Friday, September 29, 2023
HomeGoat FarmingCommon Diseases Found in Goats

Common Diseases Found in Goats

Common Diseases Found in Goats: Symptoms, Prevention, and Treatment

If you’re a goat owner, you know how important it is to ensure the health and well-being of your herd. Just like any other livestock, goats are susceptible to various diseases that can have a significant impact on their overall health and productivity. In this comprehensive guide, we’ll delve into some of the most common diseases found in goats, their symptoms, prevention strategies, and available treatments.


Goats, like all animals, are susceptible to a range of diseases that can affect their health and reproductive capabilities. Some of these diseases can also pose a risk to human health, making effective prevention and treatment strategies crucial for both animal and human well-being.

Mastitis: Enlarged Udder and Watery Milk

Mastitis is a common infection that affects the udder of goats. Symptoms include an enlarged, hot, and painful udder, as well as fever and watery milk with flakes of blood. To prevent mastitis, it’s important to improve hygiene and practise proper milking techniques. In cases of infection, antibiotics can be applied to treat the condition.

Foot Rot: Lameness and Rotten Hooves

Foot rot is a bacterial infection that causes lameness in goats. Infected hooves appear rotten and emit a foul smell. Pain and signs of discomfort are evident when pressure is applied. Treatment involves trimming the affected hooves and soaking them in a bath of CuSo4 (copper sulphate).

Common Diseases
Common Diseases

Brucellosis: Abortion and Infertility

Brucellosis is a disease that can lead to abortion in late pregnancy, retention of placenta, and metritis. Infected bucks may experience infertility, orchitis, and swollen joints. Prevention strategies include isolating infected animals, vaccination, blood testing, and culling of positive animals.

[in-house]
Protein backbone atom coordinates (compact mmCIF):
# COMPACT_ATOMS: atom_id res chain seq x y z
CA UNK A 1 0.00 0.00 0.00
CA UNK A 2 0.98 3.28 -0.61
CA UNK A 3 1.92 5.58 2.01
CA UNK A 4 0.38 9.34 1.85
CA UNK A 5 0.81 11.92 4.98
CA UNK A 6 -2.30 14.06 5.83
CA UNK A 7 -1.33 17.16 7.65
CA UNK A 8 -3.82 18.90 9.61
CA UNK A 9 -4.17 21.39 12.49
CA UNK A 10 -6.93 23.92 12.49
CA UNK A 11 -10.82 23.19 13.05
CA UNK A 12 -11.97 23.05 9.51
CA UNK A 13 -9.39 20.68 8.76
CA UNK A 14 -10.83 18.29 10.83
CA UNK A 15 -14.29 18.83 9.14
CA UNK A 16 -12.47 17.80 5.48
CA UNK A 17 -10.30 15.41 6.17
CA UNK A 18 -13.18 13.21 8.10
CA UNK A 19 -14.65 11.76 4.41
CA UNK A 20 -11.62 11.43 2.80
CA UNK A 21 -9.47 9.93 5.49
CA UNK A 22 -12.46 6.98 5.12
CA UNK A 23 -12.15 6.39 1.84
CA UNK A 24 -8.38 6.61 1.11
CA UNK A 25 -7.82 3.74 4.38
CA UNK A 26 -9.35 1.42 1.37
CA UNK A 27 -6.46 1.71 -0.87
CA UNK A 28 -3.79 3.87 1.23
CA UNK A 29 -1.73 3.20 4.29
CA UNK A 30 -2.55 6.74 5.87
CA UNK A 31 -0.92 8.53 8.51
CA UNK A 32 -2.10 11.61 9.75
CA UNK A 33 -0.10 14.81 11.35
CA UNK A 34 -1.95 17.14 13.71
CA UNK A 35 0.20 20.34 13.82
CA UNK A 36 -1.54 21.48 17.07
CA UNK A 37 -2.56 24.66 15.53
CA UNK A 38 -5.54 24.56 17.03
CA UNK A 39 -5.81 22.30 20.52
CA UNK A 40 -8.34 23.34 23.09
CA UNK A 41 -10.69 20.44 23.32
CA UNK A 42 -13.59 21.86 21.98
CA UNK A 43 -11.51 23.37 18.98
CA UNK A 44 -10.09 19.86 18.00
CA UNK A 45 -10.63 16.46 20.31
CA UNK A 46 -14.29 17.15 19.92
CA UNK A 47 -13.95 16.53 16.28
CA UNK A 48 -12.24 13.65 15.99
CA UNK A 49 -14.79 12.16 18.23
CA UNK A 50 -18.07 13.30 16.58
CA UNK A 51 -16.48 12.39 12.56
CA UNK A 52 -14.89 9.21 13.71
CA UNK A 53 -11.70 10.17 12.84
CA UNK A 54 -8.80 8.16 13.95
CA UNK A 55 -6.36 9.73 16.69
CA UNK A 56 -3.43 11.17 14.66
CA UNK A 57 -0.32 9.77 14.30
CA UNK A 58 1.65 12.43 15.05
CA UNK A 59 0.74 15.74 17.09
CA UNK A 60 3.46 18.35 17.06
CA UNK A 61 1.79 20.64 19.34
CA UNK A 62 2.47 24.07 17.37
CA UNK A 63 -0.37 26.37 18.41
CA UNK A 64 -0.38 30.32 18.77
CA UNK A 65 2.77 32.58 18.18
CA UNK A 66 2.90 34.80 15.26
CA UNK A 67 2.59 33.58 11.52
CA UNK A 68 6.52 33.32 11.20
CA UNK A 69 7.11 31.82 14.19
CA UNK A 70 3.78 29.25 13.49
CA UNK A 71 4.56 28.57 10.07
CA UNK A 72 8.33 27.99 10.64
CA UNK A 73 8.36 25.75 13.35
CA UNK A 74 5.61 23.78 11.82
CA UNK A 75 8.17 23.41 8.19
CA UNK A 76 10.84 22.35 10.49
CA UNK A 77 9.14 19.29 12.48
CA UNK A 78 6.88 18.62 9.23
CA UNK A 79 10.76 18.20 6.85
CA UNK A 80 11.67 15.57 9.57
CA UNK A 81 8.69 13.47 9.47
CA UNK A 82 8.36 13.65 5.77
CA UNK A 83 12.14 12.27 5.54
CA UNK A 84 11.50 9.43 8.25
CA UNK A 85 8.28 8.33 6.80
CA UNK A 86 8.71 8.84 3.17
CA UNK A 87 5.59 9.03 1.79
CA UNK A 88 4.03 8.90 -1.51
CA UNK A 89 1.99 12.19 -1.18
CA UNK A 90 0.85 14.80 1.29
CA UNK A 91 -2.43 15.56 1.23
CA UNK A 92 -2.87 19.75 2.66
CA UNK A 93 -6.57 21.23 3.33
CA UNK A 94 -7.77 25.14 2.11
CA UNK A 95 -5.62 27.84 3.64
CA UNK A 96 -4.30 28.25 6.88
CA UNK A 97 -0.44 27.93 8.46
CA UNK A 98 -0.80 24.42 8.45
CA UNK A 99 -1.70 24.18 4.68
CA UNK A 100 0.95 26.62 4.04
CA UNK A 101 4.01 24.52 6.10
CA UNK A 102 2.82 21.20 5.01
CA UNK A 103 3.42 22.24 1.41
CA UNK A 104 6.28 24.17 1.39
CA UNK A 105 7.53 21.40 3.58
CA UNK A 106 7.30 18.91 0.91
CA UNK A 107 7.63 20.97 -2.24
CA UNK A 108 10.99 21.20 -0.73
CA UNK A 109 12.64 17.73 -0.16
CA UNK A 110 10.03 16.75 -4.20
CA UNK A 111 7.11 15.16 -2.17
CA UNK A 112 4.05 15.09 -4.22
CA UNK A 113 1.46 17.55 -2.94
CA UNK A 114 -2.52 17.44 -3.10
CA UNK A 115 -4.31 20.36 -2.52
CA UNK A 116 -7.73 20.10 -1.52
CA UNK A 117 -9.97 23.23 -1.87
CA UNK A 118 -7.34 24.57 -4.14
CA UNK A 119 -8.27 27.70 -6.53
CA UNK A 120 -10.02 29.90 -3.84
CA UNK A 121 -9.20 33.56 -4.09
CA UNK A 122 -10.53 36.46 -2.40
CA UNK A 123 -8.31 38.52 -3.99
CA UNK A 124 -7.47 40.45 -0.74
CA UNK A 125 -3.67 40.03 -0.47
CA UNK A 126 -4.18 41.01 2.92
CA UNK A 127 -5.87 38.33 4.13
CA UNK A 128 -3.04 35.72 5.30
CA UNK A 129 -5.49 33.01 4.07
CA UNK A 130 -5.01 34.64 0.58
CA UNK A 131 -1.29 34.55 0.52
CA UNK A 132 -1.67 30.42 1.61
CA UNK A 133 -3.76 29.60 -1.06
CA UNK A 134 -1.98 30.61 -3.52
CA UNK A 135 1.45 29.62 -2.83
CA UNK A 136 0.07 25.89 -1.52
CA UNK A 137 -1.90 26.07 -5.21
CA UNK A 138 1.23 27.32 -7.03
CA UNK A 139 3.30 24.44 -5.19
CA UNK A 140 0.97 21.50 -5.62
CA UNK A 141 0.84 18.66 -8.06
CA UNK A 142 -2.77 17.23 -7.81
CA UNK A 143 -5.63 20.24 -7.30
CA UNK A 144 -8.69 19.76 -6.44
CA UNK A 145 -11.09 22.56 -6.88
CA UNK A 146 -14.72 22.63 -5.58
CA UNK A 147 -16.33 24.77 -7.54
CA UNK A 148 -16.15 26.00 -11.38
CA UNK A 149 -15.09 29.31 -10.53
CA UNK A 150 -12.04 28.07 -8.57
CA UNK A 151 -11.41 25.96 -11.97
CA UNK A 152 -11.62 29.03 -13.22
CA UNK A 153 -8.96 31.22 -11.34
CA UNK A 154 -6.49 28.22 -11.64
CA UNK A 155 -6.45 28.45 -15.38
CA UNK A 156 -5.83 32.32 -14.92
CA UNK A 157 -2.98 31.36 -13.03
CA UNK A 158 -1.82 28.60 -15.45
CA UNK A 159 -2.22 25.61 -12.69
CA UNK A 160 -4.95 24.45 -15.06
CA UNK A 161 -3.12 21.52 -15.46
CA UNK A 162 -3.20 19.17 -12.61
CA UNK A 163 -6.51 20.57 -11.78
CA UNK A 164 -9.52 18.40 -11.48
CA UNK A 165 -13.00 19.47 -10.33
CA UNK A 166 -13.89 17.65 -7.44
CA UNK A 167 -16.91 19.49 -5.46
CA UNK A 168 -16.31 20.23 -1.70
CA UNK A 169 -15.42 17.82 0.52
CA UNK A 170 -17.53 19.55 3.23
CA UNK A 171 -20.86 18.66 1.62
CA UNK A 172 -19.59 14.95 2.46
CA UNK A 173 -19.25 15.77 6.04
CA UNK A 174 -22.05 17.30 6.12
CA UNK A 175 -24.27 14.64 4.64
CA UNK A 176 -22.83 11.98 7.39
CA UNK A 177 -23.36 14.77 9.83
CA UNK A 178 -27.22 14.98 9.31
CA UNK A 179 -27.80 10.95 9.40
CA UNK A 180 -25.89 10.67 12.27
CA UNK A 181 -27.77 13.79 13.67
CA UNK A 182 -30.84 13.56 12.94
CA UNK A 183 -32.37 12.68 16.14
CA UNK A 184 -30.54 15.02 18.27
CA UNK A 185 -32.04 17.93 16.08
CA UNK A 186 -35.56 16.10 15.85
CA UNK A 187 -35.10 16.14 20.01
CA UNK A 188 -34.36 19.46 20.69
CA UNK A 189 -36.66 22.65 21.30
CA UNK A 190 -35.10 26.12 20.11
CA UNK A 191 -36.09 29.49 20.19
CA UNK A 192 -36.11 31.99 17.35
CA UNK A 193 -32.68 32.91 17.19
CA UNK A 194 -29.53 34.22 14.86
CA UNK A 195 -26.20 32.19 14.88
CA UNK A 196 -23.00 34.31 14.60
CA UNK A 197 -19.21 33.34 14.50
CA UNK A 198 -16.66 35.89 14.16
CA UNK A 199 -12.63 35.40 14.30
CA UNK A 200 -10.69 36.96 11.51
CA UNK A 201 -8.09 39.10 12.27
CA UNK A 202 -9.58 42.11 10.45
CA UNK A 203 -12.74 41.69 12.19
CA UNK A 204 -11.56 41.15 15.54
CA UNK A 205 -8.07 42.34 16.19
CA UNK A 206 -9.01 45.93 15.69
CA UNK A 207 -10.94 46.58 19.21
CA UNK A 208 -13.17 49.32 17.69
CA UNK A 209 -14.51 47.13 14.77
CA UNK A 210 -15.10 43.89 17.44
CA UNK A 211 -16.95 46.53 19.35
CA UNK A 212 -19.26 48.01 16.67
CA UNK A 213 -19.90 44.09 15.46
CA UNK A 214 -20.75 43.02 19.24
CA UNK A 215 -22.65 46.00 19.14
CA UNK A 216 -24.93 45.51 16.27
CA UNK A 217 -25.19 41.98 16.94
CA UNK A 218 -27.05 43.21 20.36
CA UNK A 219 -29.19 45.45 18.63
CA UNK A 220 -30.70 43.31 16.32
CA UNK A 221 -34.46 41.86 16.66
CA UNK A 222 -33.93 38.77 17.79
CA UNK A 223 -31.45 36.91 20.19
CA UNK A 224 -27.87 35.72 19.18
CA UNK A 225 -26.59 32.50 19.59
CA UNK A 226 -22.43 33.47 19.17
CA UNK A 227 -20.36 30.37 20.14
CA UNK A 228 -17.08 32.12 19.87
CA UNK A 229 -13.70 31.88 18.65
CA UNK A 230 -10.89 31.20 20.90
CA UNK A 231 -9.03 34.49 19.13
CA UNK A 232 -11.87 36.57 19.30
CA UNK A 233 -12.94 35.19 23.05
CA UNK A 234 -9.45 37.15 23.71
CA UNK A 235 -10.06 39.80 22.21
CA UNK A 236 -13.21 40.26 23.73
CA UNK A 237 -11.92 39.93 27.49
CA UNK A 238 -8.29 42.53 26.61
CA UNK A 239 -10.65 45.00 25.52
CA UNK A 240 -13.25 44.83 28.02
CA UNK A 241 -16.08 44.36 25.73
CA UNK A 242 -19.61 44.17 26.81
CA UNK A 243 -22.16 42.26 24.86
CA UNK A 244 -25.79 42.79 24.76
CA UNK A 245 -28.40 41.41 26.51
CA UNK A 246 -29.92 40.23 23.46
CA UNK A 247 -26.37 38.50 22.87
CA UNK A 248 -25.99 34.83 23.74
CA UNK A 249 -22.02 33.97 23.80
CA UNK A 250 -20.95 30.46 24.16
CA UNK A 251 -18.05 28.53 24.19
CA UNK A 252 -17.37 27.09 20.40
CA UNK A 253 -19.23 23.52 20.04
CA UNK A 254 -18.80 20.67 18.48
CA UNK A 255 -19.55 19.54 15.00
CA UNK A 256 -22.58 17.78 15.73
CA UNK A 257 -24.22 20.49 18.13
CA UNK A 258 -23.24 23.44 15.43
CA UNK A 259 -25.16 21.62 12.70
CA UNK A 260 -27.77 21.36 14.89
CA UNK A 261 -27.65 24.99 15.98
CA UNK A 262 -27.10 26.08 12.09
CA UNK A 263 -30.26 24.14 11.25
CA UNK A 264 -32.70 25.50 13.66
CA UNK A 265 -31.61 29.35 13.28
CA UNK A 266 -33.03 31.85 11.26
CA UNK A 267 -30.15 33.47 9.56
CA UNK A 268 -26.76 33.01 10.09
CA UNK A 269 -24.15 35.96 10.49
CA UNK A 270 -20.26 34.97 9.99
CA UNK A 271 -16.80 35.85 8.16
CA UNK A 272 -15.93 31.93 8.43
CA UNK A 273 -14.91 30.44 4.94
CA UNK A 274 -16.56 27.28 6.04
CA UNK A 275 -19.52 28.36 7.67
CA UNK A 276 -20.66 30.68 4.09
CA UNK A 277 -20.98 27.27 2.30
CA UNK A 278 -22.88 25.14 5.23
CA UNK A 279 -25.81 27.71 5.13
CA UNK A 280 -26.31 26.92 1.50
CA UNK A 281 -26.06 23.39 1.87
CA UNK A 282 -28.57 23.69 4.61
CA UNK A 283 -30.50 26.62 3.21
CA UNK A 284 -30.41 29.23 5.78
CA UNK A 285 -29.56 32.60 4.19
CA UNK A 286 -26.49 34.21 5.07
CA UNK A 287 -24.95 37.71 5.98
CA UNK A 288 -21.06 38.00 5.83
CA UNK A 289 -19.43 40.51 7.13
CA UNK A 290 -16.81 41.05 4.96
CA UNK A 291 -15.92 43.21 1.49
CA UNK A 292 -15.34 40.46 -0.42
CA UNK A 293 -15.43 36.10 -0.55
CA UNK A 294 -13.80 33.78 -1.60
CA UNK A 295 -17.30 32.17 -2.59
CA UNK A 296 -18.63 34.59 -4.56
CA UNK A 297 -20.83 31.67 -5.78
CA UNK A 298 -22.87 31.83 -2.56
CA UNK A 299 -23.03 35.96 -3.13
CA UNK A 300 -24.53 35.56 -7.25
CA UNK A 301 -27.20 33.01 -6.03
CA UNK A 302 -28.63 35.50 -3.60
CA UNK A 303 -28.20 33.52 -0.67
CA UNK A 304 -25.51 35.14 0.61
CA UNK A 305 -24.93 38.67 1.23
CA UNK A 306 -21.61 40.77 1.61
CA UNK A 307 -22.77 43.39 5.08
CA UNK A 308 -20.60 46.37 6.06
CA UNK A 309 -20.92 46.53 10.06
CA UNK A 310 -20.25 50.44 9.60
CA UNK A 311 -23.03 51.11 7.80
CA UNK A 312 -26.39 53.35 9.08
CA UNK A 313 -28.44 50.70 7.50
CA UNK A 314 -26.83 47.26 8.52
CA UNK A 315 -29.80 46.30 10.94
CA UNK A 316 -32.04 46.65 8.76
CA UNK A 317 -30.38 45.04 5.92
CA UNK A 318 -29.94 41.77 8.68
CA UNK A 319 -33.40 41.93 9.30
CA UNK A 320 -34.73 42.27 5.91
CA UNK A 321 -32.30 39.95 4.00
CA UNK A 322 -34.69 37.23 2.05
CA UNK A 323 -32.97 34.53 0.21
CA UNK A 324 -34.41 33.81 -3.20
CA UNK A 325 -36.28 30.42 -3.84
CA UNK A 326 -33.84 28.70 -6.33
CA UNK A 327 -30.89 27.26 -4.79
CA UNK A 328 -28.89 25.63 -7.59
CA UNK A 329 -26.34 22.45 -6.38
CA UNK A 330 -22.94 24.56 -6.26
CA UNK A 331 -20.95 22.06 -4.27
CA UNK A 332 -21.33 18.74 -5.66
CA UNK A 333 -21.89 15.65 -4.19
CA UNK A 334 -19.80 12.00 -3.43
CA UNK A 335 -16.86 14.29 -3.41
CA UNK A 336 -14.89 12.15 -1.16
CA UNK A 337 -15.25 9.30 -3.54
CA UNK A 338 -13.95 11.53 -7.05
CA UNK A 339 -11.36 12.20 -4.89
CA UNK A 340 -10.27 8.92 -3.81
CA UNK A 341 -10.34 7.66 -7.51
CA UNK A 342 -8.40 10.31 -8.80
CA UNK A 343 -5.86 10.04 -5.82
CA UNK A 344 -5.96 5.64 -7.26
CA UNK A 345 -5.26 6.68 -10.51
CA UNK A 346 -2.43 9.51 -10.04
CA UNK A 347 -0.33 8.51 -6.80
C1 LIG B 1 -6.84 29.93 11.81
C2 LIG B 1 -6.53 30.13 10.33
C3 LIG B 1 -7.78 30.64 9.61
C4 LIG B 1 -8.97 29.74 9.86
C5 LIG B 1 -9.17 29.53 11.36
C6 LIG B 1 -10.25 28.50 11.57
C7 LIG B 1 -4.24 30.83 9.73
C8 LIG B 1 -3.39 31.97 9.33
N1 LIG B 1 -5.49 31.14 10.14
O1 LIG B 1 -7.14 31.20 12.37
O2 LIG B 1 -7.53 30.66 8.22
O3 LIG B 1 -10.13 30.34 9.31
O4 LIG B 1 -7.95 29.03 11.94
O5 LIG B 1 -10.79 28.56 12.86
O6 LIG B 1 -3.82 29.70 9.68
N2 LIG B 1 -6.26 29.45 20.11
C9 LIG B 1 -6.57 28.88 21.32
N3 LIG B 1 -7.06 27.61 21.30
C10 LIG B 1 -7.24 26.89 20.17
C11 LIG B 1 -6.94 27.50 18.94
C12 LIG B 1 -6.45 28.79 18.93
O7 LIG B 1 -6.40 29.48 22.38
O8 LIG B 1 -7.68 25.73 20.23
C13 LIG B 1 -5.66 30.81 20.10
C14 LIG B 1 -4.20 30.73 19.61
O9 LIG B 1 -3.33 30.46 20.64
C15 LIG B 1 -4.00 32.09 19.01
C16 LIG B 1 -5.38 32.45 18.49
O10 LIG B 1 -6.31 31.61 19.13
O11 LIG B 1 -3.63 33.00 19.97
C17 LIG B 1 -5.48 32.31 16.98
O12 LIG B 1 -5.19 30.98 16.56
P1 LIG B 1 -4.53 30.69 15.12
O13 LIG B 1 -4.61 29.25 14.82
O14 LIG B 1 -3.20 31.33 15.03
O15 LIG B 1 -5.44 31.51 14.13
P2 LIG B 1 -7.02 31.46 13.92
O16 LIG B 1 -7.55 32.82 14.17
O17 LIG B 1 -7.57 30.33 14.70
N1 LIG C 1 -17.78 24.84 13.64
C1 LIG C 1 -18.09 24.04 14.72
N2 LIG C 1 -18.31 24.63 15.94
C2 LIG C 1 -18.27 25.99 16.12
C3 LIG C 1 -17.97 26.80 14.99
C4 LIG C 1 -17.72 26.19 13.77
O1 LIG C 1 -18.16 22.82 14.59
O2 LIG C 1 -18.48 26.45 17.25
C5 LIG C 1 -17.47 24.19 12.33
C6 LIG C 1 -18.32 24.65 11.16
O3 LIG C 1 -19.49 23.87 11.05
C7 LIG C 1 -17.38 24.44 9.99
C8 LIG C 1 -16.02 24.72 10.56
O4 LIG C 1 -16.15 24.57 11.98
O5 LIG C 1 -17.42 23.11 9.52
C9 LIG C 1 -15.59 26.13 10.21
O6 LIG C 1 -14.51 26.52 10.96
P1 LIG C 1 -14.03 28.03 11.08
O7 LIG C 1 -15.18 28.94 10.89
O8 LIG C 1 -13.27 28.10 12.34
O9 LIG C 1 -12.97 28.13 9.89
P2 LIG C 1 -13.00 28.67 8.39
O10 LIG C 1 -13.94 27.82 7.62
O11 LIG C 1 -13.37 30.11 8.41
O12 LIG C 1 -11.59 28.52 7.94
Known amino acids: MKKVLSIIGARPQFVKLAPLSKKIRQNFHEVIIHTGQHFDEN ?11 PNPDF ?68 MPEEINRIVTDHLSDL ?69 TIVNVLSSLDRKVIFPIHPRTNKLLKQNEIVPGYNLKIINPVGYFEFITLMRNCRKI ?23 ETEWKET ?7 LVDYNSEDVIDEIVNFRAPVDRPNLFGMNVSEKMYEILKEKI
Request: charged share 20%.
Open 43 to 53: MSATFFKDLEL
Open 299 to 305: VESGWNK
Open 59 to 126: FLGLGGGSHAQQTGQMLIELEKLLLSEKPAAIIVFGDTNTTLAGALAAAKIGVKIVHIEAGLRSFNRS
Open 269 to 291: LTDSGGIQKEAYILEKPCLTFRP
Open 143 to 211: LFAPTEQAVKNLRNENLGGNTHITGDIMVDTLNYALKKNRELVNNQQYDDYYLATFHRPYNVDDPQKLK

Internal Parasites: Weight Loss and Anemia

Internal parasites can cause weight loss, reduced milk yield, diarrhea, and anemia in goats. To prevent these issues, providing good quality food, clean water, and proper medication is essential.

External Parasites: Restlessness and Scratching

External parasites can lead to restlessness, scratching, weight loss, and reduced milk yield in goats. To combat these parasites, appropriate chemicals should be applied as dust, spray, or dip.

Poisoning: Unconsciousness and Vomiting

Poisoning in goats can result in unsteadiness, dullness, unconsciousness, vomiting, and eventual death. Preventing access to poisonous plants and chemicals is vital, and immediate treatment is necessary in case of poisoning.

Bloat: Distended Abdomen and Respiratory Difficulty

Bloat is characterized by a distended abdomen on the left side, respiratory difficulty, and restlessness. Avoiding excessive consumption of fresh green grass is key. Mineral oil may offer relief, and in severe cases, gas removal through puncture may be required.

Infectious Abortions in Goats: Causes and Concerns

Infectious abortions in goat herds are a concern as they can lead to economic losses. These abortions can also affect human health. Various microorganisms can cause abortions in goats, including Chlamydiosis, Q fever, Listeriosis, Leptospirosis, Toxoplasmosis, and Brucellosis.

Chlamydiosis: Common Cause of Abortion

Chlamydiosis, commonly known as chlamydia, is a frequent cause of abortion in goats. It is associated with pneumonia, pink eye, and joint inflammation. Preventing direct contact with infected feces and ticks is crucial. Diagnosing chlamydiosis involves clinical signs and placental characteristics, with treatment consisting of antibiotics.